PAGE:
It is not about eliminating fishing and hunting...
... it is about eliminating our freedom of choice.
Thursday, May 08, 2008
BY ANTHONY P. MAURO SR.
It is becoming more commonplace to read letters from animal rights activists that label fishing and hunting as cruel and the Division of Fish and Wildlife, the agency that manages New Jersey's wildlife, as a purveyor of death. These advocates represent themselves as guardians of wildlife and portray the angler, hunter and DFW as unpopular with New Jerseyans. The depiction is self-serving and misleading.
The results of a Fish and Wildlife public opinion survey were re cently released for New Jersey. Responsive Management, a nationally recognized research firm specializ ing in natural resource and outdoor recreation issues, reported that New Jerseyans are outdoor-oriented, half of all respondents indi cating they or someone from their household had gone out to observe wildlife in the past year. Ranking high on the list of favorite outdoor activities were fishing, hunting, visiting a state or national park, wildlife watching, bird watching, hiking and biking.
With respect to fishing and hunting, 87 percent of the state's population approved of fishing and 66 percent approved of hunting. While many people may not participate in either of these activities, the survey points out that they enjoy popular support.
Public opinion and credibility of the state's fish and wildlife management agency, the Division of Fish and Wildlife, was looked at extensively. Notably, there was strong support for the professional management of the state's fish and wildlife by this entity. The survey confirms that 8 percent of state residents believe the division is the most credible source of fish and wildlife information. Not surprisingly, respondents ranked spokespersons of advocacy organizations the least credible sources of information. The vast majority of respondents determined that the DFW effectively balances the interests of anglers, hunters, conserva tion groups and the public.
Some may wonder why anglers, hunters and the DFW are por trayed as evildoers, when they have the backing of the majority of New Jerseyans. Further examination of the issue leads to an intriguing sup position.
Animal rights activists target fishing and hunting for elimination because it occurs within the pub lic's purview and easily evokes strong sentiments. On the other hand, the institutional processing of cows, chickens, pigs, turkeys, fish and other staples offered by food markets are performed by businesses -- hidden from the public's eye. They are not as easily ma ligned. Additionally, 97 percent of the population eats meat, fowl and fish, so, to avoid a backlash to the animal rights movement, fishing and hunting are aggressively tar geted.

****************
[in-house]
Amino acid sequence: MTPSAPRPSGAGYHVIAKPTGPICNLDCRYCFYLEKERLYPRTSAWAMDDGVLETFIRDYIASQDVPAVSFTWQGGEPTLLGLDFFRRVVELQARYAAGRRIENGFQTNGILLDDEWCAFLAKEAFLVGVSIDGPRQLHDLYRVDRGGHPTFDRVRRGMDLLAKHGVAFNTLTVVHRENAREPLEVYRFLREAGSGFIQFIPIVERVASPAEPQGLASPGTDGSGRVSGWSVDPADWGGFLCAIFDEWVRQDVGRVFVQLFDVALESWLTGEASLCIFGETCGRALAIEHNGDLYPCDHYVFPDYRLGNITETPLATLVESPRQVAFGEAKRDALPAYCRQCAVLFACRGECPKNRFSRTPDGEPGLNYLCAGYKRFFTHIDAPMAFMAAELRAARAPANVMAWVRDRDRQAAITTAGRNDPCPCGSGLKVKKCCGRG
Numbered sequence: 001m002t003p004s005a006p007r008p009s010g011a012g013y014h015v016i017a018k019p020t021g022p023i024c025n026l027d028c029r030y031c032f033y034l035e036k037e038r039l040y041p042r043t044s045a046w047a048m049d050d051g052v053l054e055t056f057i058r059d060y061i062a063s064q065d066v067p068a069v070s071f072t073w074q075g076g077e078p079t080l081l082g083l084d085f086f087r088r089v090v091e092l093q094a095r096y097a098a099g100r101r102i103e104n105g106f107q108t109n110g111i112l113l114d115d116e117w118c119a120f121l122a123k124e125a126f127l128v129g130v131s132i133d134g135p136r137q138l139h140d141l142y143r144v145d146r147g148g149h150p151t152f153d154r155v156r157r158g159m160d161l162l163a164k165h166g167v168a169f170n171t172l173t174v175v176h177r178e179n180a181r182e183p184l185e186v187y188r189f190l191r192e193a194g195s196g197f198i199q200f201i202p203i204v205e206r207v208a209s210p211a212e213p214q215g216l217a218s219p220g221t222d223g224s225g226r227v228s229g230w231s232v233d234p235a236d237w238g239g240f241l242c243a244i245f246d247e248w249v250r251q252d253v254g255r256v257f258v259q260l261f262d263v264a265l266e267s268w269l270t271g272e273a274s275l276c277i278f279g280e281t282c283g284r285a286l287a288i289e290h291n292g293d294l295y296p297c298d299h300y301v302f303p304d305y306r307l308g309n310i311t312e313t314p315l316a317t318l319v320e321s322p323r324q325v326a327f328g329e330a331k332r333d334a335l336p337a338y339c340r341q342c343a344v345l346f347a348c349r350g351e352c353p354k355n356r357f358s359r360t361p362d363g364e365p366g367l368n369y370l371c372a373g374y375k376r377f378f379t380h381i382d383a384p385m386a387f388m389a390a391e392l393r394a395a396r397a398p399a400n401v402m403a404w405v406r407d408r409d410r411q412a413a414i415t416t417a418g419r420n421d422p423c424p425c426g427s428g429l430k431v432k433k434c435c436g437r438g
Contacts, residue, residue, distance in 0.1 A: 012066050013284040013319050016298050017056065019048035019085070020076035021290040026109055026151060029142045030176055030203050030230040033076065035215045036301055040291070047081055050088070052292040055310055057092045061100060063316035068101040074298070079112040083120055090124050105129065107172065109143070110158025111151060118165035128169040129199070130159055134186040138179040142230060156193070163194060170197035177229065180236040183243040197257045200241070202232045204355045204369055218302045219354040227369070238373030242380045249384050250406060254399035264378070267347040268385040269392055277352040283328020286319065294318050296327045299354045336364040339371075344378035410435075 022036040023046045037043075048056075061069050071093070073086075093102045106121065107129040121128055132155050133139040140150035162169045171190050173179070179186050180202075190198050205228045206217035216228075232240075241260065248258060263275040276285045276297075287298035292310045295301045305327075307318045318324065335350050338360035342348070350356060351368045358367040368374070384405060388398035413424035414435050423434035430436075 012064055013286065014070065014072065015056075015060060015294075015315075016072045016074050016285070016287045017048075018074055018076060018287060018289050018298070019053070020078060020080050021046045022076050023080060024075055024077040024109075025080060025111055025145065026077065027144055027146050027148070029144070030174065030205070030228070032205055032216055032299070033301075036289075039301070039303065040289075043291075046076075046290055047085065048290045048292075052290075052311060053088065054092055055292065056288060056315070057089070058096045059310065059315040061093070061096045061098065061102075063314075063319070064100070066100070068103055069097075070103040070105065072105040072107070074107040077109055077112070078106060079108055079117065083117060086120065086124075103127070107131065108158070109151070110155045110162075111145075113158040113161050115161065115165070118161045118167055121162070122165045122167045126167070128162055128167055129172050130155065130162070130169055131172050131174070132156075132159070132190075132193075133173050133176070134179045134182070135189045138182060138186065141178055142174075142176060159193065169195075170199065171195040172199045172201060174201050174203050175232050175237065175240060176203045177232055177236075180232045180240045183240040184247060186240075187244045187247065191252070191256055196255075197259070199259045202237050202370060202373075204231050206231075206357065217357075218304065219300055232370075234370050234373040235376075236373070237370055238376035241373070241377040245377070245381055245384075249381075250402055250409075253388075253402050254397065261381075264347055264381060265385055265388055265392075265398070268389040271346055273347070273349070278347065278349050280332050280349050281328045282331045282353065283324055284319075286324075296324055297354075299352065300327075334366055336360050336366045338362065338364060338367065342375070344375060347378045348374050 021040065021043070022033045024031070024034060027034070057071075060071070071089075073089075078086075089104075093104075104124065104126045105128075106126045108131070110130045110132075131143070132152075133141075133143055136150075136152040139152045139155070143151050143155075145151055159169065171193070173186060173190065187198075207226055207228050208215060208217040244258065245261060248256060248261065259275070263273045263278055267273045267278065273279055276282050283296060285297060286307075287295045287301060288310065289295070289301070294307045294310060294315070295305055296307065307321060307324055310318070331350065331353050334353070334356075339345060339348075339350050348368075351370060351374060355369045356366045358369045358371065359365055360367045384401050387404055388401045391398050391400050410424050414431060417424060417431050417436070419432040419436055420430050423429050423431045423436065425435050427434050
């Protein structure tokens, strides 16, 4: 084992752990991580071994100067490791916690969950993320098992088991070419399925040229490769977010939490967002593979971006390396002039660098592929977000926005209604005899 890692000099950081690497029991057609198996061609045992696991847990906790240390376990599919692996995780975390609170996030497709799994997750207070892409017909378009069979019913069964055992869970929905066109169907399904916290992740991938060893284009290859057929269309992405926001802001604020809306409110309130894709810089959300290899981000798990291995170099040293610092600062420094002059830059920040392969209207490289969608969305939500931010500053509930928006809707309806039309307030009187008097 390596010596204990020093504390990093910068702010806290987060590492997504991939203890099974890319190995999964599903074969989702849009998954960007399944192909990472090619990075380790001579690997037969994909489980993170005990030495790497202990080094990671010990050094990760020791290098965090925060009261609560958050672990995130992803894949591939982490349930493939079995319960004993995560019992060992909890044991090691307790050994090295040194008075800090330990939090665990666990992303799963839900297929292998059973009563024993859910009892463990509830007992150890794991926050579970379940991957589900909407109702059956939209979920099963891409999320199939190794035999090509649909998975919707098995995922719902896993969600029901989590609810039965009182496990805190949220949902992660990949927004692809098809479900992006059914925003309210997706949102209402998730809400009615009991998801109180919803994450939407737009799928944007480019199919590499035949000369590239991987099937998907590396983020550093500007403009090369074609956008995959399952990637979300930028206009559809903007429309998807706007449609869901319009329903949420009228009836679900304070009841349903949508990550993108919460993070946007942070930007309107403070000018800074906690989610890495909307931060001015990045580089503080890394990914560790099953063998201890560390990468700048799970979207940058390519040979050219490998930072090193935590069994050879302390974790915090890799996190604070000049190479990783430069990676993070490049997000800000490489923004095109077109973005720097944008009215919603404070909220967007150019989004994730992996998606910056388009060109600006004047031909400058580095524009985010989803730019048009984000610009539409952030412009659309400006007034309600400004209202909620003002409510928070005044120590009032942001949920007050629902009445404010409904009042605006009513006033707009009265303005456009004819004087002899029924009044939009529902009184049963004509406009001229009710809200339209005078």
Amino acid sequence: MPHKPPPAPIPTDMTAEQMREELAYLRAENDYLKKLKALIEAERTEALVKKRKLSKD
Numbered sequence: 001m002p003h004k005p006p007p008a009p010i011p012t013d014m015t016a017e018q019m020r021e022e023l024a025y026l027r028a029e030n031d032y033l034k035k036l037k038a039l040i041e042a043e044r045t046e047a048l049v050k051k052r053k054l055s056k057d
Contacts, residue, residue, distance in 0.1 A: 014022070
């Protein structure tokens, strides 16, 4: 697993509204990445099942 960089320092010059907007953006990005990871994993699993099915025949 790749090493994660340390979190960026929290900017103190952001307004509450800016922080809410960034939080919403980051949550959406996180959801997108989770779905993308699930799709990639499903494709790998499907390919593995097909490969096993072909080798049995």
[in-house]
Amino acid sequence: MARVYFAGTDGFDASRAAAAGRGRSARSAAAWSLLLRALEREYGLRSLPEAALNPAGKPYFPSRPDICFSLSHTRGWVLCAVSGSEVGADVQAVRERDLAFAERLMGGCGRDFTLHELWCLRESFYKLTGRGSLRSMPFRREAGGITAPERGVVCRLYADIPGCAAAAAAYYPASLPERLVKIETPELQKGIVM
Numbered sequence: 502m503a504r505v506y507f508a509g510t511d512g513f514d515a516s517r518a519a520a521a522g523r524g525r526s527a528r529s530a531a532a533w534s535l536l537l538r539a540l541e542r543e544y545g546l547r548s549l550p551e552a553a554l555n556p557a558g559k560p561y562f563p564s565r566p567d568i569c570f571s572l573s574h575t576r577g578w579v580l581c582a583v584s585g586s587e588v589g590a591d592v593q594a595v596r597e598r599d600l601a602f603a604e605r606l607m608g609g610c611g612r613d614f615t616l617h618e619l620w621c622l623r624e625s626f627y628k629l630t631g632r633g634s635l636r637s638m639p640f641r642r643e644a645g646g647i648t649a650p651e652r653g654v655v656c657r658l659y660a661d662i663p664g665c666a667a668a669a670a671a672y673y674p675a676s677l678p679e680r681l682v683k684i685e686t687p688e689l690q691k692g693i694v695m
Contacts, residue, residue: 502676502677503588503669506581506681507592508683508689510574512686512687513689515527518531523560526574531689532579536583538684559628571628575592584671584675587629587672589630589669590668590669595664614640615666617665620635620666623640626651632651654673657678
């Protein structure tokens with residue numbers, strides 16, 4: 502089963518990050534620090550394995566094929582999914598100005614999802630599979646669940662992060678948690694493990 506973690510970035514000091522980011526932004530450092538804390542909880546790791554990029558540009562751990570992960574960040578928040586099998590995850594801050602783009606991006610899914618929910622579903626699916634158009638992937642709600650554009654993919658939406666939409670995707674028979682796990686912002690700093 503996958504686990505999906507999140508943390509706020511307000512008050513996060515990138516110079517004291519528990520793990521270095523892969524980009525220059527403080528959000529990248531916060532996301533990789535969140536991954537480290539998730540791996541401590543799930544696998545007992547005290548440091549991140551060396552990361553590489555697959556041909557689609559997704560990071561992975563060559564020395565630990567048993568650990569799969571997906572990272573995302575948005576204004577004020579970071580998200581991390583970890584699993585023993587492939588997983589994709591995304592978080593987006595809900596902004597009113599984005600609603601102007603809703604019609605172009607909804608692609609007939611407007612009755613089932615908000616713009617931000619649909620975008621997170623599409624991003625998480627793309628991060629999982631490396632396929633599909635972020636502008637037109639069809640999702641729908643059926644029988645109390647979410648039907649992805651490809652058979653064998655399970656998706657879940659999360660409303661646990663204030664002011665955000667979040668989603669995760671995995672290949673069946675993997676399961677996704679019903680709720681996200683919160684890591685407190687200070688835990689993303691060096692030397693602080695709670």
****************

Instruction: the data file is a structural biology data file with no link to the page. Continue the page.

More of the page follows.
However, the angler, hunter and the meat purveyor are one and the same -- each serves as a source for providing sustenance. If fishing and hunting are removed, the outdoorsman or outdoorswoman that once brought home wild game for table fare simply moves to the line that gathers before the butcher. This only serves to increase demand for domestically slaughtered meat, fish and fowl, offsetting the loss to wildlife. However, the amount of slaughter remains the same; it saves the deer but does so at the expense of the cow.
The animal rights activist that protests the killing of wildlife furthermore protests the killing of farm animals. The advocate knows that the amount of killing will re main unchanged regardless of the removal of fishing and hunting, but his or her reasoning is that it is easier to eliminate a consolidated grouping that stands before the butcher. Their beliefs do not allow for celebration until all animal and fish consumption is purged and a vegetarian lifestyle becomes the mainstay.
In fact, animal rights organizations claim to have a disproportionate number of vegetarians. Vegetarianism offers a platform for animal rights advocates to encourage activism and advance their lifestyle. It is commonly promoted in vegetarian circles that the best way to save the greatest number of animals is by becoming a vegetarian. Experts say the activists aren't just concerned about animal welfare but are trying to win them the same rights as human beings.
Earlier this year, Kay Johnson- Smith of the Animal Agriculture Alliance was quoted as saying that the ultimate goal of animal activists is to eliminate animals as food. She also commented that there was a danger in allowing a small minority of activists to determine the various procedures chosen to raise animals for food. The literature and websites of animal rights organizations are replete with stated goals to eradicate animal use for food, fiber, medical research and even as pets.
New Jersey is a hotbed of animal rights initiatives. Last year, two bills were introduced to abolish fishing and hunting. This year, A1202, an even more pernicious bill that seeks to "change the composi tion and revise the authority" of the Fish and Game Council, was created and awaits approval by the General Assembly.
Although the efforts of the animal rights movement may be di rected at the angler and hunter, we must keep in mind that the ultimate goal is not the elimination of fishing and hunting; its purpose is to restrict people's table fare and impose a lifestyle. It is about eliminating our freedom of choice.
Anthony P. Mauro Sr. is chairman of the New Jersey Outdoor Alliance (www.njoutdooralliance.org